Re: [NewMobilityCafe] transport and equity
- Social democracy well defined, Simon.Equity, or social justice, is for me a force that seeks balance with economic development and environmental sanity in order to reach sustainability.Still a balance not reached, not in mobility, not in housing nor in ennergy provision.Long way to go.On 22 feb. 2012, at 23:50, Simon Norton wrote:
As Gabriel wants us to define what we mean by equity, let me say what I think I
I think that there is confusion between two different (though related) concepts,
which I'd call equity and equality. Both are valid and important.
The latter means that one should try to minimise differences in wealth. I won't
go into this in detail here, but the reason should be obvious: as people give
greater priority to spending on their more urgent needs, a unit of currency in
the hands of a poor person has greater value in terms of welfare than the same
in the hands of a wealthy person.
The former I regard as almost synonymous with justice, saying that people should
not be penalised for extraneous reasons. For example, nowadays the use of
toilets is mostly segregated by sex; if men can go free but women have to pay,
or vice versa, that is inequitable.
The rationale for a market system is that when people have freedom of choice it
drives down prices (or drives up quality) for the benefit of all. However I
believe that the system is being abused when the benefits do not in fact reach
everybody but are confined to those people who have a choice. An exmaple is when
a transnational corporation gets tax benefits by threatening to switch its
operations to another country. Another is when people who don't have access to
some types of payment facilities ending up paying higher prices for utilities.
Transport is a particularly rich source of departures from equity as people
without access to cars have fewer choices than those with access to cars. Here
are some examples of inequity:
1. Superstores at places which are hard to reach except by car charge lower
prices. Especially when the lower prices are not related to lower costs (or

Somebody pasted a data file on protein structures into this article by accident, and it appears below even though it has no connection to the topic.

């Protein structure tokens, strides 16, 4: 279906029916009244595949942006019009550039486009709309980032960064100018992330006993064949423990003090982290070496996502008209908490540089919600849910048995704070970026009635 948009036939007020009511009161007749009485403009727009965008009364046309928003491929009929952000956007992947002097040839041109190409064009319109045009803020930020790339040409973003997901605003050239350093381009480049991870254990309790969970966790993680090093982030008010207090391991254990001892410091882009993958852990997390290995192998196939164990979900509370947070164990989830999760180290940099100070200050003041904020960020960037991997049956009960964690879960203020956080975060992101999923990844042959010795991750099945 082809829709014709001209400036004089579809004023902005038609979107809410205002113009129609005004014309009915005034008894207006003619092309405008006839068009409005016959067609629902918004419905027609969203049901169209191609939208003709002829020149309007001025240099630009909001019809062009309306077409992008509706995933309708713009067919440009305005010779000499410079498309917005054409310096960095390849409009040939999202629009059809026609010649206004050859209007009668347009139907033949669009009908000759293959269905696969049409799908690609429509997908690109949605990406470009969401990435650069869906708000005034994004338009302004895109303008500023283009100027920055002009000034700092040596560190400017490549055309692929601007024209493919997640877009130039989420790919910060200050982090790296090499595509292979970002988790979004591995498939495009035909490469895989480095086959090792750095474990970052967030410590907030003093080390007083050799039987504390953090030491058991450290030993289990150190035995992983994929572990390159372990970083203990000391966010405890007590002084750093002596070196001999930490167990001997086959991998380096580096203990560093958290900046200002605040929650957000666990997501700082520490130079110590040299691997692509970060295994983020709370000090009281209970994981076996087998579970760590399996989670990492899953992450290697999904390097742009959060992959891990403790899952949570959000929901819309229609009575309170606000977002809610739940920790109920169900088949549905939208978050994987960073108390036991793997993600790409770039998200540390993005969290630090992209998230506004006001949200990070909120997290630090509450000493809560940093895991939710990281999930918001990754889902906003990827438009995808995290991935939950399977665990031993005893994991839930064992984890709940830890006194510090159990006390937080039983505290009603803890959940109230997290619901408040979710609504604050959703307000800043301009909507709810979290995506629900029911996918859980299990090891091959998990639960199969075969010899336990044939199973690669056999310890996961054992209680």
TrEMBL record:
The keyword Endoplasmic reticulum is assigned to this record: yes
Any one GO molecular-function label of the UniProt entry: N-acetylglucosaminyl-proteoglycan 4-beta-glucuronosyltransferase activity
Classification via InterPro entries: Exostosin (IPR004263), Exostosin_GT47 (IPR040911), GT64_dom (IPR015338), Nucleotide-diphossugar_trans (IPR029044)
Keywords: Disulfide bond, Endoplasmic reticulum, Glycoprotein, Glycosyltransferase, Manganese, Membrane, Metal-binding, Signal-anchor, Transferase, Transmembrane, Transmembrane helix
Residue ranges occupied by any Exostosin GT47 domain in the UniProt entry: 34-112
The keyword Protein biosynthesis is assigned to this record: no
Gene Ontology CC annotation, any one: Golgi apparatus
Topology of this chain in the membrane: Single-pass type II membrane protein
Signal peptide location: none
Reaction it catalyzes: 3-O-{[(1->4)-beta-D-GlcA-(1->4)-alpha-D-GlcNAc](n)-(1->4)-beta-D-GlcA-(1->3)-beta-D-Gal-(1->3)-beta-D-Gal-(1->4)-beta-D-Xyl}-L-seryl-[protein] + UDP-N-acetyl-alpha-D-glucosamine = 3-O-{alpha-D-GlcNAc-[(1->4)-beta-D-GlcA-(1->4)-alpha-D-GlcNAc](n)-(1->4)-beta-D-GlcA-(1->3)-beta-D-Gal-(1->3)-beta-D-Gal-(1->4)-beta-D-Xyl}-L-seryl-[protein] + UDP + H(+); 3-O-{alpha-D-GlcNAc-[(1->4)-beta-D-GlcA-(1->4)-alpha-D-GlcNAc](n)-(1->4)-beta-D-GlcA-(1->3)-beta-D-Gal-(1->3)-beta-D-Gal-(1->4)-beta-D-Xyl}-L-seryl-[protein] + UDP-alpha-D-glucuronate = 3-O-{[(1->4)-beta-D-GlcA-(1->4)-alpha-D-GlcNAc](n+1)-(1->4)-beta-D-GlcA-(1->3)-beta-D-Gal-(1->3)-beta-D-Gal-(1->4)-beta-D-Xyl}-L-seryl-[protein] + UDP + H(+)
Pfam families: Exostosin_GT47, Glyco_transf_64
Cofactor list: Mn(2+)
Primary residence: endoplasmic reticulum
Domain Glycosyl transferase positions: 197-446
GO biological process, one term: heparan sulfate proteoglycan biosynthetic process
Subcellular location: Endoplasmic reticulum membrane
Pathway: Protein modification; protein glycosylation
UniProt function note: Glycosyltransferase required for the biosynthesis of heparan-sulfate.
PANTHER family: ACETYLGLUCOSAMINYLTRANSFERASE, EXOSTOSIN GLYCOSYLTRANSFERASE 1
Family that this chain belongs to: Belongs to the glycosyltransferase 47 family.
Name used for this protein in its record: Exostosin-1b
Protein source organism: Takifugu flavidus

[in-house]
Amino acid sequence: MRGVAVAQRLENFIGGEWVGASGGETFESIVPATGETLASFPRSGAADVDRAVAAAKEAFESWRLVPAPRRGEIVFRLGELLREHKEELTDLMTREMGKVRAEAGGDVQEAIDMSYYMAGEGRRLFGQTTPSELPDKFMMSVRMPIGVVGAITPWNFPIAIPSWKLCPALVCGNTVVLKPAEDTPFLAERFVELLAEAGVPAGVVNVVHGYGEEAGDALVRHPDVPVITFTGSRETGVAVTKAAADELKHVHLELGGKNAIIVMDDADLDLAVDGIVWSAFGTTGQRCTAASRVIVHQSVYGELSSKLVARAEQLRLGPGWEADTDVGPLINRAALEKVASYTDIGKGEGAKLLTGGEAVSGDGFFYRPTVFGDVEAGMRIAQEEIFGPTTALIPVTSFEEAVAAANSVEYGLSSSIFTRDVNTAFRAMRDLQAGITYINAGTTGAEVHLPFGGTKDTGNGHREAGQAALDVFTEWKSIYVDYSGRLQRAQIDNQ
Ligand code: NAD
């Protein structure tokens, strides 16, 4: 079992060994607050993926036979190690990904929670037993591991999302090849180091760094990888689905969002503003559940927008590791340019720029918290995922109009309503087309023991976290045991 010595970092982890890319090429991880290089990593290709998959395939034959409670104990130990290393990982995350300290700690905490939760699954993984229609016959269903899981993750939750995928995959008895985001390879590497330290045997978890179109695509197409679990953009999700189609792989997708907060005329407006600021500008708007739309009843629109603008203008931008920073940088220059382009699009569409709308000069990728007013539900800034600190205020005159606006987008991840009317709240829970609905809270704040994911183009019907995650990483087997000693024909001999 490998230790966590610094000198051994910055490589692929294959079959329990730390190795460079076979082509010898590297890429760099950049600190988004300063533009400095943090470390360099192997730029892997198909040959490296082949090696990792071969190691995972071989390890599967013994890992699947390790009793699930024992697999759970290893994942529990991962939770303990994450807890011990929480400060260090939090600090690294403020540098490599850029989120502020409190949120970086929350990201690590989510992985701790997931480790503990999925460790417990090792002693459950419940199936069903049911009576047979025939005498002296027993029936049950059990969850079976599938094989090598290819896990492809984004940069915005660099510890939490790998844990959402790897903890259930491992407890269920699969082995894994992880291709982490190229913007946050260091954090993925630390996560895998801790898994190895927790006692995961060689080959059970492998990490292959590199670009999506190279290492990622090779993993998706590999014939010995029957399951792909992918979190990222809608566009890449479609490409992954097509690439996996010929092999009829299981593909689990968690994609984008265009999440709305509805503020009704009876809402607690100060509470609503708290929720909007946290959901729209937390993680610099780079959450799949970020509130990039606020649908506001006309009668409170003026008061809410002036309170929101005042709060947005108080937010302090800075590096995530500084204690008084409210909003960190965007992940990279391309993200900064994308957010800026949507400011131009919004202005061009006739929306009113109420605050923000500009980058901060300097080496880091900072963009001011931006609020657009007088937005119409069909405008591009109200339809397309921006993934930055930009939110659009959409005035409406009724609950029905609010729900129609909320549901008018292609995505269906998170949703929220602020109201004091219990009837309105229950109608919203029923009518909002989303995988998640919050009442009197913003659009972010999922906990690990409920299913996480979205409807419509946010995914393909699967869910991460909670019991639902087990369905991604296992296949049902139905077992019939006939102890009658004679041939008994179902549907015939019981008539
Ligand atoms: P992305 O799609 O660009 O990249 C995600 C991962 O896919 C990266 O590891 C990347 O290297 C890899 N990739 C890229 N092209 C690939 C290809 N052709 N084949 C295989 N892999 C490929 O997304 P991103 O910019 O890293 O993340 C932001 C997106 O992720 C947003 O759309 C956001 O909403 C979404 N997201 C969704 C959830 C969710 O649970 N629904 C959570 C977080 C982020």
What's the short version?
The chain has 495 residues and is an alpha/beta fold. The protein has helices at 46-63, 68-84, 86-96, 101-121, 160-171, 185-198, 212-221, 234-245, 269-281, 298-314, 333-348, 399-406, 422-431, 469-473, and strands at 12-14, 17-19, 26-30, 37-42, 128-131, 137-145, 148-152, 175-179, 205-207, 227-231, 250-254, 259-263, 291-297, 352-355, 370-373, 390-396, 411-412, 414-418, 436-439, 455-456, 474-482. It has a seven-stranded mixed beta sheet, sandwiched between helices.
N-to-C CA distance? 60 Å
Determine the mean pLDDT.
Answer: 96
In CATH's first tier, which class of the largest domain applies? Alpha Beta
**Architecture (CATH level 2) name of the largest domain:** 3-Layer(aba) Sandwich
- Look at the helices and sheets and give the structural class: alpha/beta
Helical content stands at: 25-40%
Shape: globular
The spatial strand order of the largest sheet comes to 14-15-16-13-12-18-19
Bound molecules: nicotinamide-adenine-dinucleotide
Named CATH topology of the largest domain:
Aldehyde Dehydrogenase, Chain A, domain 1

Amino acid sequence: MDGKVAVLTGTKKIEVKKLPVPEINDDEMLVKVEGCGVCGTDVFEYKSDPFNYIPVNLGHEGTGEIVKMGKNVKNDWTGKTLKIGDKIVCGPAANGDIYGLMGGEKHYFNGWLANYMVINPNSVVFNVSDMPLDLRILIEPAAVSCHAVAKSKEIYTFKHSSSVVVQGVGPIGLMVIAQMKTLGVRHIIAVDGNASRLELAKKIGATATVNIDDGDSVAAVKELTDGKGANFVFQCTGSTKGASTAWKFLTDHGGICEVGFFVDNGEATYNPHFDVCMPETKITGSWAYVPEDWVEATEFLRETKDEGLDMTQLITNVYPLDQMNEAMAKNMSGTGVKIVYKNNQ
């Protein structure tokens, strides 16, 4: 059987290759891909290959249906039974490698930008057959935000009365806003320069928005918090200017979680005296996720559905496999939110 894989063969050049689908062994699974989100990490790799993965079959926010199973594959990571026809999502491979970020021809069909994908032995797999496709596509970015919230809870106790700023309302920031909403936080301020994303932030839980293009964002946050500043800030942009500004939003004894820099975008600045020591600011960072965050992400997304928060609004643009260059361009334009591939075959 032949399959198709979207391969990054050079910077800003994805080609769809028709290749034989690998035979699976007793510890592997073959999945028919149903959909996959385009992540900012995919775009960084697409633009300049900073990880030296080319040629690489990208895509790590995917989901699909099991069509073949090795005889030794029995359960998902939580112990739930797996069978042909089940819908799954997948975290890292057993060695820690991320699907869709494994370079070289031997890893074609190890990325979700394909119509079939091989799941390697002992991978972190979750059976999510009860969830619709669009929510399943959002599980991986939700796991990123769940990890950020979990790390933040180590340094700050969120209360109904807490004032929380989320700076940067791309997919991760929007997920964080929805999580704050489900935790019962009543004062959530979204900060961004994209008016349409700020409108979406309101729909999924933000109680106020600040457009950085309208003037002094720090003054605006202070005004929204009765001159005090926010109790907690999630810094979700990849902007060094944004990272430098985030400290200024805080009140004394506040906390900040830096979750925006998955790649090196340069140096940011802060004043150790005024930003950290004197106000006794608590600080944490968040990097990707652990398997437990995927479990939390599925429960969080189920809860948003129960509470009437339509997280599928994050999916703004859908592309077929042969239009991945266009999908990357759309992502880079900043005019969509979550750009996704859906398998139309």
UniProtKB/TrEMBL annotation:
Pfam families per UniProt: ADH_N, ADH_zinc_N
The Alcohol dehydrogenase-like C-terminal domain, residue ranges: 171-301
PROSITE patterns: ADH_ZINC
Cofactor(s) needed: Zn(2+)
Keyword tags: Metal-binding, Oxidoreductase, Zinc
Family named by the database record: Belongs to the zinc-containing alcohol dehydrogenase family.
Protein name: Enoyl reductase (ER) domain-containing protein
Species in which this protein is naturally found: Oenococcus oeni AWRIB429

where the price discrepancy is greater than can be accounted for that way) but
are set so as to attract motorists from other shopping outlets. By contrast
prices at conveniently located stores are kept high because most of their
customers can't easily take their custom elsewhere.
2. Park & Ride buses charge lower fares than conventional buses -- and in some
cases may be subsidised in ways which the latter aren't. Effectively, instead of
taxing motorists for the damage their vehicles do to central areas (see below),
one is bribing them not to bring their cars in.
3. Motorists get away without paying the full external costs of driving --
including congestion, pollution, danger and deterrence to walking and cycling,
and abstraction of revenue from public transport.
The reason for the last may not be obvious, but it is linked to an idea I
expressed in a recent posting on which I will now expand. Education is a basic
human right (Article 26 of the Universal Declaration on Human Rights
<http://www.un.org/en/documents/udhr>) and everyone should therefore share an
obligation to help uphold a public education system whether or not they choose
to use it. Well the same applies to mobility (Article 13), and Article 2 bars
discrimination on the basis of "property", which should surely include access to